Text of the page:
BreakOut Year for Seamus Egan (Earle
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By Bernadette Price
The news that Seamus Egan was doing the music for "Dancing on Dangerous Ground" was downright thrilling. I don't think that Jean Butler and Colin Dunne could have made a much better choice than this amazing Irish-American musician, who at the age of 15 won the All-Ireland competition in four different instruments (tin whistle, flute, banjo and mandolin) and who brings to the band Solas his brilliance on no fewer than eight: flute, tin whistle, low whistle, nylon-string guitar, four-string banjo, mandolin and uilleann pipes. The Solas CDs and especially his "When Juniper Sleeps" have gotten a lot of airplay at my house since I had the great pleasure of seeing them perform twice earlier this year.
Seamus Egan was going to be a future "Featured Artist of the Month" here at the Celtic Cafe, but with the announcement about his involvement with "Dancing on Dangerous Ground," there is no reason to wait to focus on this multi-talented and just plain NICE person. Besides his solo efforts and his Solas discography, you can find Seamus Egan playing on literally dozens of other wonderful Celtic CDs. His music provided the soundtrack for the film "The Brothers McMullen" and he was one of the musicians contributing to the "Out of Ireland" series.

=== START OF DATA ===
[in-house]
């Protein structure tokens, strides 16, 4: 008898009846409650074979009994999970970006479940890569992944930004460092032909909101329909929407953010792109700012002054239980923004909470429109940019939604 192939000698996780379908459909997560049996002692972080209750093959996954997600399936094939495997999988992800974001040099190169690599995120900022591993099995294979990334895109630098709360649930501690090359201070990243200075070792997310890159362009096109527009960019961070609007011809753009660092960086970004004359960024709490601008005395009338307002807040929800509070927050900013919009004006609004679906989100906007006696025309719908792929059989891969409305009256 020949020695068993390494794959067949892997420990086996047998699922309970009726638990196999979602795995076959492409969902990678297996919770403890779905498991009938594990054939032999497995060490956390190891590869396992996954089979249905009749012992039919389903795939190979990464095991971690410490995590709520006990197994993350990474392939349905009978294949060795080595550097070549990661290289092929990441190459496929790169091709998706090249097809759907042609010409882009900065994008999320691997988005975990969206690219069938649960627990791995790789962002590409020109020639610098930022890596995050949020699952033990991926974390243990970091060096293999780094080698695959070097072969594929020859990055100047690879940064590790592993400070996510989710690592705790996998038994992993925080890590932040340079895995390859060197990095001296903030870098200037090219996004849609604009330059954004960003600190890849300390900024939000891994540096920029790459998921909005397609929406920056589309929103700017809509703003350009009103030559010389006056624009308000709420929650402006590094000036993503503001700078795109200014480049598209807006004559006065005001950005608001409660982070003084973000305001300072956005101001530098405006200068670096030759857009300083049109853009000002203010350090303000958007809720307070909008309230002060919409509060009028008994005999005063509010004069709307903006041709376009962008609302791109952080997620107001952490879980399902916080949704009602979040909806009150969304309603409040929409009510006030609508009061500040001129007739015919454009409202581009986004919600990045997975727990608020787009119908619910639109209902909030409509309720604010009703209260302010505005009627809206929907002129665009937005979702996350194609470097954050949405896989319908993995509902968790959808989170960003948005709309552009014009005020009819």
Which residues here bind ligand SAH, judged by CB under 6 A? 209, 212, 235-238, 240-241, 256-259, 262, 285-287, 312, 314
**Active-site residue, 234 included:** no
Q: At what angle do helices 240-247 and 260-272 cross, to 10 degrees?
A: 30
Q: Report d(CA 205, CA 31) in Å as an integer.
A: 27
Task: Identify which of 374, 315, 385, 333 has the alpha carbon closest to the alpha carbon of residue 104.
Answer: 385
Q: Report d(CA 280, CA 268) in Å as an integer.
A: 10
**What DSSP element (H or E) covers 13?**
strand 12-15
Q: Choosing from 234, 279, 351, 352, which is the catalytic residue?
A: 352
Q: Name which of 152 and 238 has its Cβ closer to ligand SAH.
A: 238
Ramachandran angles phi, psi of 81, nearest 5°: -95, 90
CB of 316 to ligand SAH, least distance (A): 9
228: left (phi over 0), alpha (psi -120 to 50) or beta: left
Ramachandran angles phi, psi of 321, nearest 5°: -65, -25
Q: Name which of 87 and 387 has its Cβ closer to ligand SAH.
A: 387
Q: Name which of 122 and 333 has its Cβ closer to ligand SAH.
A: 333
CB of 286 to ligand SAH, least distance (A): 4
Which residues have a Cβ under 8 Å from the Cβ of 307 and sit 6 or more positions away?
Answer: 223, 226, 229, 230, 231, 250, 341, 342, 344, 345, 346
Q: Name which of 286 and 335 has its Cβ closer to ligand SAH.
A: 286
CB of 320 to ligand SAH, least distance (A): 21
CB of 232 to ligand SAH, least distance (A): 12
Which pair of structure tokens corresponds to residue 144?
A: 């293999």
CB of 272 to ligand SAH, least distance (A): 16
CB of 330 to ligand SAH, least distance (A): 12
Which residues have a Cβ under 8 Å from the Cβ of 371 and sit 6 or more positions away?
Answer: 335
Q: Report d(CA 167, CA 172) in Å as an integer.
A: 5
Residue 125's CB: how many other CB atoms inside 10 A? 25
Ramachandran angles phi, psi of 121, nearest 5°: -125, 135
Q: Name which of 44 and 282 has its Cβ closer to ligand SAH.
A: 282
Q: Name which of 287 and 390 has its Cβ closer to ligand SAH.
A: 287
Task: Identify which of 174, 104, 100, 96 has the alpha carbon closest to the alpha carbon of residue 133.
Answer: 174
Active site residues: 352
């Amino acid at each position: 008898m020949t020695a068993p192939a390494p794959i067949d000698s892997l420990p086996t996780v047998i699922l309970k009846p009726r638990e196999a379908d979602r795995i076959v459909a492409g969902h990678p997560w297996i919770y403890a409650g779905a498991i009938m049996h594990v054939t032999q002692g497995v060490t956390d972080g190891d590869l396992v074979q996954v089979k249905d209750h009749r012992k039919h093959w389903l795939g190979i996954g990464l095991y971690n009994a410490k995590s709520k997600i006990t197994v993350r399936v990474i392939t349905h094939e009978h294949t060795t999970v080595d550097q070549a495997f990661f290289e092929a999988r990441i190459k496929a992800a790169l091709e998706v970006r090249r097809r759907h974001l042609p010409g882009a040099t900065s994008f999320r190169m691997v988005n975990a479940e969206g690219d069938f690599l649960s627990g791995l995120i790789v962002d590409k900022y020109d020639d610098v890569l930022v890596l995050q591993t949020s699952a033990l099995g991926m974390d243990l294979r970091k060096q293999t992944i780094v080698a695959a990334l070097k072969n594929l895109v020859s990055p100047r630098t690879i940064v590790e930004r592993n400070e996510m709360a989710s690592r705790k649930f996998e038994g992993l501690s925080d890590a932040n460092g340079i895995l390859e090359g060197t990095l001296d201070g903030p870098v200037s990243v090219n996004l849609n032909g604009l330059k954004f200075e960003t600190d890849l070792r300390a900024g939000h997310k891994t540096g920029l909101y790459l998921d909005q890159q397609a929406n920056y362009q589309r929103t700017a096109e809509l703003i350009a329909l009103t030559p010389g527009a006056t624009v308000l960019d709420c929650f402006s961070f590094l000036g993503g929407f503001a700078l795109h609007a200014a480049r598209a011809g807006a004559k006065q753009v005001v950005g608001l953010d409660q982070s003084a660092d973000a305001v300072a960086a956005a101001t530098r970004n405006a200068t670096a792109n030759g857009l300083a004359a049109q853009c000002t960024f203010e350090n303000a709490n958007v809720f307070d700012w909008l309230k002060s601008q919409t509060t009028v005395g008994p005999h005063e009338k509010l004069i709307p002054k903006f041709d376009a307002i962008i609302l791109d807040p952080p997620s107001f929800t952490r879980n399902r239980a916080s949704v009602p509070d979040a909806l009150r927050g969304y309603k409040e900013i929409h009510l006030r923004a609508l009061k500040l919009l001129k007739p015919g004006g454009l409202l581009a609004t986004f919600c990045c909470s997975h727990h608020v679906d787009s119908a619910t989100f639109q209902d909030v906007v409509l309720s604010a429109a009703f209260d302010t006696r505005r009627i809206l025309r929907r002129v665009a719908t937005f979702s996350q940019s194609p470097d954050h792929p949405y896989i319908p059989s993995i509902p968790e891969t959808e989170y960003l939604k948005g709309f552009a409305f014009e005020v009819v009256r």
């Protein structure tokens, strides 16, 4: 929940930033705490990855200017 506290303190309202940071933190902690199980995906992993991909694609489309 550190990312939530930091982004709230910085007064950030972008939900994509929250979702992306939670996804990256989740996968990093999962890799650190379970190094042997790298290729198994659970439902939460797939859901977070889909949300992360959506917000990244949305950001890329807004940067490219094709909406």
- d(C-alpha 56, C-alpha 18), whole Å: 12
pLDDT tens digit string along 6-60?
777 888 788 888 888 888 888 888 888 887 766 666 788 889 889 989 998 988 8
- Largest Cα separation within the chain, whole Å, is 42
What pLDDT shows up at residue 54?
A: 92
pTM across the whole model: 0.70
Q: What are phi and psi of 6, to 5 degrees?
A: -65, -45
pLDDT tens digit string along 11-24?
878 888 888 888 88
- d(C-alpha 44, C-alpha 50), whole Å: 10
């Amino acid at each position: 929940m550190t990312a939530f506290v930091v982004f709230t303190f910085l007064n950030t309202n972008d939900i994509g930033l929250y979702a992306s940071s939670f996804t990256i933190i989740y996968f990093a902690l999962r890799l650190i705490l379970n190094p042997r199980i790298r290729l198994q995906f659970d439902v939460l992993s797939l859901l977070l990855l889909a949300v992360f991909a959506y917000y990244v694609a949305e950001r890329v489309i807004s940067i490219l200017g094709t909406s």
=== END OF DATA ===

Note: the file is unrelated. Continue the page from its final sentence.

We are privileged to once again work with the renowned music writer Earle Hitchner, who is sharing his interview with Seamus Egan and the Solas article that he wrote for the Wall St. Journal. I'm going to excerpt part of that interview to show why I think it makes perfect sense that Seamus was chosen to do the music for "Dancing on Dangerous Ground." As with "traditional Irish dance," which is evolving as we see from the hugely popular "pioneers" like Riverdance and Lord of the Dance (and the others following them), so is traditional Irish music.
That could be as easily said about Irish dance, and we are fortunate indeed to see a veritable explosion of this kind of entertainment. (The Celtic Cafe strives to bring you information on all the touring Irish dance productions out there.) Before Riverdance and Lord of the Dance I barely knew that Irish dance existed as an art form, and the same with Celtic music. I think that there are millions around the world just like me who had it brought into our consciousness when we first encountered these wonderful Irish dance productions. That awareness led us to explore Celtic music and culture more deeply. We are now discovering and purchasing the music, both traditional and "neo-traditional," of so many Celtic artists who we might have missed altogether were it not for the powerful impact of the new Irish dance shows.
Seamus Egan is one of those artists who I am VERY glad not to have missed.
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